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Minors Drink with a Click of a Mouse

In April 2006, The Wine & Spirits Wholesalers of America (WSWA) commissioned Teenage Research Unlimited (TRU) to study minors, their online activity and alcohol consumption/purchases. The study found startling numbers about minors' drinking habits. According to the study, more than half a million minors aged 14-20 have bought alcohol online.

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By Naomi Soto

Point, click, and pay. That's all Patrick*, a college student from Orlando, FL, had to do to buy alcohol for his 20th birthday party. And he is only one example of a growing trend.

In April 2006, The Wine & Spirits Wholesalers of America (WSWA) commissioned Teenage Research Unlimited (TRU) to study minors, their online activity and alcohol consumption/purchases. The study found startling numbers about minors' drinking habits. According to the study, more than half a million minors aged 14-20 have bought alcohol online. "There is so much alcohol on the internet and so little safeguards," said Wine & Spirits Wholesalers of America spokesman John Fitzpatrick. "Common sense says that the more available alcohol gets on the internet, the more kids will get it."

Image of wine glass with wine in itAccording to Patrick, it only took one Google search to find multiple sites that sell alcohol. He was able to buy many types of hard liquor for a reasonable price, including the more difficult-to-find varieties, such as absinthe, a hallucinogenic alcohol that is illegal in the United States.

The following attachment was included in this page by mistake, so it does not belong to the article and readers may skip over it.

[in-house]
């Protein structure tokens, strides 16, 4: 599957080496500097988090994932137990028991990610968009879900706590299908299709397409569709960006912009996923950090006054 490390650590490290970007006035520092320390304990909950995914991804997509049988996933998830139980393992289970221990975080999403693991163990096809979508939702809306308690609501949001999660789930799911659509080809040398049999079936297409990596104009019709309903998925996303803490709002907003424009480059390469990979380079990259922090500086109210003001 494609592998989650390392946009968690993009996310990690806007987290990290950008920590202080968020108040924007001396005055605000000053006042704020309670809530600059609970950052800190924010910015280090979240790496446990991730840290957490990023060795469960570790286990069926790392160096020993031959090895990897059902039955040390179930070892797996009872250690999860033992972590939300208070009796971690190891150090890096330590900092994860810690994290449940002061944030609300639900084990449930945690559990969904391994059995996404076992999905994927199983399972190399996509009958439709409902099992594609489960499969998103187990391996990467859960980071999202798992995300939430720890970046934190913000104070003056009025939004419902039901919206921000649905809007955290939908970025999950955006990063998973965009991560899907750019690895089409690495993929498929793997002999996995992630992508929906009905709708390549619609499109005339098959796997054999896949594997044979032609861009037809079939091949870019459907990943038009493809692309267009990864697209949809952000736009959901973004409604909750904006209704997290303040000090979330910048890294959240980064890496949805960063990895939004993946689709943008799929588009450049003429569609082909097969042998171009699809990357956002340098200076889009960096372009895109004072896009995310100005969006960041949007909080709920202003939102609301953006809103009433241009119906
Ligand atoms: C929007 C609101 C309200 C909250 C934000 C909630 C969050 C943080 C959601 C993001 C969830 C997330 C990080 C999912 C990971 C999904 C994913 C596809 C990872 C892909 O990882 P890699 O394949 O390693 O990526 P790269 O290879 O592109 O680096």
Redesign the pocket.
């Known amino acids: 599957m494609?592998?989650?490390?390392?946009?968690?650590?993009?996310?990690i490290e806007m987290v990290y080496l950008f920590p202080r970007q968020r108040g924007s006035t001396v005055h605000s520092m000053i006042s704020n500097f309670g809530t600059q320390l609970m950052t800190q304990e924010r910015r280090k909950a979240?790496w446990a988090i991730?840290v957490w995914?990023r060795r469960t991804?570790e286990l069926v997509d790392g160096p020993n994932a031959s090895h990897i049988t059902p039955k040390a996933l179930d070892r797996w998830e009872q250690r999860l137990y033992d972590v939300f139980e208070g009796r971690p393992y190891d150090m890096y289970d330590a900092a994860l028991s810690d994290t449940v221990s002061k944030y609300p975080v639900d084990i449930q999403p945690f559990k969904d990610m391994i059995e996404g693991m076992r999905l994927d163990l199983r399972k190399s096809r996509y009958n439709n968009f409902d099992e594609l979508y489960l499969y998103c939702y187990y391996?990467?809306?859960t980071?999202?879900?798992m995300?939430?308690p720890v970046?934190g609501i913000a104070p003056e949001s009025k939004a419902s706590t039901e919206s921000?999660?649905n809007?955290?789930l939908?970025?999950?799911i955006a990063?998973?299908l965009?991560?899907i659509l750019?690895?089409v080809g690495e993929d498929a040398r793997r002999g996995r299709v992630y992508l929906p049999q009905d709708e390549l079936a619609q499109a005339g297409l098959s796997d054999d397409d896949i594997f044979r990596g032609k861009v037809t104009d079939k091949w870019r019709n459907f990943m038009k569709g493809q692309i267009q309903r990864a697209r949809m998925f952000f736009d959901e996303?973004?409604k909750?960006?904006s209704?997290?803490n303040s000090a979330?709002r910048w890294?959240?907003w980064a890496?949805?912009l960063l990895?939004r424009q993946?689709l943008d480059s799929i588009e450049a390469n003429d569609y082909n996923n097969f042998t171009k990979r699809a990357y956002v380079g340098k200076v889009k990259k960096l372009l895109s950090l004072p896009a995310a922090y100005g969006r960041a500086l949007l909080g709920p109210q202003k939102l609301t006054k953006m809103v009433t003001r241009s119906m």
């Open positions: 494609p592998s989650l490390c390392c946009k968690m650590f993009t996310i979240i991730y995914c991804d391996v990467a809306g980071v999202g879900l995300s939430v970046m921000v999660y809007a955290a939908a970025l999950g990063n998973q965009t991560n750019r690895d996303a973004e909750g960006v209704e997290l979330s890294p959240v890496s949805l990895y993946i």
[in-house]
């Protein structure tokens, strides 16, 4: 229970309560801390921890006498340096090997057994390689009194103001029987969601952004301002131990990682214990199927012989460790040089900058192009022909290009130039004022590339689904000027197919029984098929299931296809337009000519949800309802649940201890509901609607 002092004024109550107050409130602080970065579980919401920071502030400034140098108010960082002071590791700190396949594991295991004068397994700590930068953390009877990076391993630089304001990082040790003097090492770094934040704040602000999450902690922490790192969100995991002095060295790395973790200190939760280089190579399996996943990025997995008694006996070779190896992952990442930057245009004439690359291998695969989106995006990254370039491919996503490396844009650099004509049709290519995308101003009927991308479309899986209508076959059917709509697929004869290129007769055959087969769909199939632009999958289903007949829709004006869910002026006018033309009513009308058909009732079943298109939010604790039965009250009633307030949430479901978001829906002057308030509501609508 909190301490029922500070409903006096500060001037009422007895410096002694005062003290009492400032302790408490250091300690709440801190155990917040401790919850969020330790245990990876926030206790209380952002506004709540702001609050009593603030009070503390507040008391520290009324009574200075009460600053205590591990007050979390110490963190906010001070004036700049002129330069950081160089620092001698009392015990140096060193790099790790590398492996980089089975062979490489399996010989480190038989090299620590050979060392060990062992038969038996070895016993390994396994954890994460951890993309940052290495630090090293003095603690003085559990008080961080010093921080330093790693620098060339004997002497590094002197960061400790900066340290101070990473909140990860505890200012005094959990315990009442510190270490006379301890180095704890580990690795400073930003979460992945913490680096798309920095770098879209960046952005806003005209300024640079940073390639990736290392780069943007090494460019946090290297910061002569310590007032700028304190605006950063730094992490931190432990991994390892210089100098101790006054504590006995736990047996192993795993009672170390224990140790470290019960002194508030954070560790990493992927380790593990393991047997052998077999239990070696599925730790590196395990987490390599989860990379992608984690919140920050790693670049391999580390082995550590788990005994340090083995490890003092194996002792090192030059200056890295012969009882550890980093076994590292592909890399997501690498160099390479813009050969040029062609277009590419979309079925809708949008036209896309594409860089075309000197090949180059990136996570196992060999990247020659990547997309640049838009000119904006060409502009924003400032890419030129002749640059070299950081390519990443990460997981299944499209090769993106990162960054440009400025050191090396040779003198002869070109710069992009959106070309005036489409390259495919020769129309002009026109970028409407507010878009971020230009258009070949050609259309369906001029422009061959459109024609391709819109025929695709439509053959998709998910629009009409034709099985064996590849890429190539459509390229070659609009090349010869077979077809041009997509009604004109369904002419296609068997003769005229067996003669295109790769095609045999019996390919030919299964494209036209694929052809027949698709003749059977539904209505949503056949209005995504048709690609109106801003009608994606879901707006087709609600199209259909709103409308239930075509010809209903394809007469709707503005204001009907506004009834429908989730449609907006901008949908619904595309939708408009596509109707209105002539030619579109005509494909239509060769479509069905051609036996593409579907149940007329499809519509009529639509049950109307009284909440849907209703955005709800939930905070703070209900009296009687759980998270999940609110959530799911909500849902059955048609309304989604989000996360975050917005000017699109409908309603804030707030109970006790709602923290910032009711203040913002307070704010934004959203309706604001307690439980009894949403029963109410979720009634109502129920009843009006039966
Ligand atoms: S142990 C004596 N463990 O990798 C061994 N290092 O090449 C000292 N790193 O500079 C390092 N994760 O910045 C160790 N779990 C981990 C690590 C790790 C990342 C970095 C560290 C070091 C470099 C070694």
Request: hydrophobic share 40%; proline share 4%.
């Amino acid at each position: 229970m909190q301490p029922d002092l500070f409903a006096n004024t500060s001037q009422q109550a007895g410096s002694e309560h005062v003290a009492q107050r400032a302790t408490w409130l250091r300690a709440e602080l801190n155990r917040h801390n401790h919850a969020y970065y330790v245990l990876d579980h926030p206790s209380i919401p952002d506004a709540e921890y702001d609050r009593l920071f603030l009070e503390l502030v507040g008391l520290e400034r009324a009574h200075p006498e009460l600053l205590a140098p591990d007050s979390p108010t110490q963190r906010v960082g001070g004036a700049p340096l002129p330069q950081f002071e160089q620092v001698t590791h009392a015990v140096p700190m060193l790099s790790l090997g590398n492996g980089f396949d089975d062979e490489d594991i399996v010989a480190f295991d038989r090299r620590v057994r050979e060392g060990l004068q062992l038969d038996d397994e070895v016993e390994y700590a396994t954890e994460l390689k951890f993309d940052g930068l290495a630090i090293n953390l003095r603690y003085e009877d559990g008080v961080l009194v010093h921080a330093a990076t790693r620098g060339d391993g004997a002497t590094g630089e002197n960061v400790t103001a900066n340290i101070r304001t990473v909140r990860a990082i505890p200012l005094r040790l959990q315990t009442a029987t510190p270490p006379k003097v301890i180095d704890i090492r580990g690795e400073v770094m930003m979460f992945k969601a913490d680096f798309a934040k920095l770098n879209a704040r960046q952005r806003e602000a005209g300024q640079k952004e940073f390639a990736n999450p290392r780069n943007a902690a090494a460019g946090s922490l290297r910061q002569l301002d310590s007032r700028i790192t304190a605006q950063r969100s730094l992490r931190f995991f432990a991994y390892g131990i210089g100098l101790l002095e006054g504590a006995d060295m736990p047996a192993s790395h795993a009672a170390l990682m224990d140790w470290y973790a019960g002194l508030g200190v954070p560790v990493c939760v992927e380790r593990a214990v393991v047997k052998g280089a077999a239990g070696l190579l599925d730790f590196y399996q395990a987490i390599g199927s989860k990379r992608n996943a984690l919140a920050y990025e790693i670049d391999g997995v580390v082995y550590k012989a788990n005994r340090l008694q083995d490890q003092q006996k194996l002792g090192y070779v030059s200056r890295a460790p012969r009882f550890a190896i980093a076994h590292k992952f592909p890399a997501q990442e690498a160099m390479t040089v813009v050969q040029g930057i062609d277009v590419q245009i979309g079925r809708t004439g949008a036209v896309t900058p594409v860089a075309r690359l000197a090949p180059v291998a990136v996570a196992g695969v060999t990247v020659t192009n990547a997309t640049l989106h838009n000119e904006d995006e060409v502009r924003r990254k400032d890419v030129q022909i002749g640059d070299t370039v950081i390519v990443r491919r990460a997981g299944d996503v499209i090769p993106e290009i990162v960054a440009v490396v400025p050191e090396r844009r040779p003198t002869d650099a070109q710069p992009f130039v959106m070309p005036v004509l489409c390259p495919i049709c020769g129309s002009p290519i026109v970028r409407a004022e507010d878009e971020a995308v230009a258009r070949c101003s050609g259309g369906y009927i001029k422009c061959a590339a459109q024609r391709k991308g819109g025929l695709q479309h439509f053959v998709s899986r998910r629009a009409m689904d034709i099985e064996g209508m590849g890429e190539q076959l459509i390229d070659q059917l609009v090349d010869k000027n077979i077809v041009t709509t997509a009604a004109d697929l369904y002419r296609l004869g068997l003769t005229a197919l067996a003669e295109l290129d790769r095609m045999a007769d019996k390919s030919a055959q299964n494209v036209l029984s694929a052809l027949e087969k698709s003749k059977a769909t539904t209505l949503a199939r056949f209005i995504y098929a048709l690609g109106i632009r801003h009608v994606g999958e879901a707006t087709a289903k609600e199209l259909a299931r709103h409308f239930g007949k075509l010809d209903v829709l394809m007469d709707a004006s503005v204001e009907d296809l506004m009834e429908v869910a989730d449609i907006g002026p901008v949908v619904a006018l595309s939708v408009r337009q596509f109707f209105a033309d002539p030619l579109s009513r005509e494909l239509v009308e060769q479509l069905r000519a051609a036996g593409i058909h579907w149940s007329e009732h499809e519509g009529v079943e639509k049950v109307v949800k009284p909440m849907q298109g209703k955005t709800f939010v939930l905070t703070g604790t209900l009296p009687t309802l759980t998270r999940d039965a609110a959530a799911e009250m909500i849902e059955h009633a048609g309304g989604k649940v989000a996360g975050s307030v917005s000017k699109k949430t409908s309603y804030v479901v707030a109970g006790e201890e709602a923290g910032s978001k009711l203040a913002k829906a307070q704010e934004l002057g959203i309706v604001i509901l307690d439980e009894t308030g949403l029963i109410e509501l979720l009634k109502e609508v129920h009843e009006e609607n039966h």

The TRU study also concluded that at least 3.1 million minors have friends who have purchased alcohol online. These online purchases include wine, beer and hard liquor. They can all be bought with a debit, credit or bank gift card.

"I figured it would both be easier and cheaper online," Patrick said. "It was almost too easy. I only needed my credit card, and that was it."

Furthermore, the study found that nearly one in 10 minors have visited a site that sells alcohol, while a third of minors are at least considering buying online. When alcohol is sold online it is much more difficult to check any identification. More often than not, overnight delivery companies leave boxes of alcohol at the doorstep.

While WSWA acknowledges that most minors still buy alcohol in the conventional manners—fake licenses, older friends, and parents who think that is best to provide alcohol in a safe environment where they can supervise—they argue that it is only a matter of time until more kids realize how easy it is to buy alcohol online.

"Kids buy everything online like books and CDs," Fitzpatrick said. "Now with Facebook.com and Myspace.com sites, they're virtually living online," he added.

A growing fear is that minors who should not be drinking are gaining access to alcohol that is not even regulated. Officials at WSWA voiced that as scary it is for kids to buy alcohol made in the U.S., it is worse for them to buy alcohol from abroad.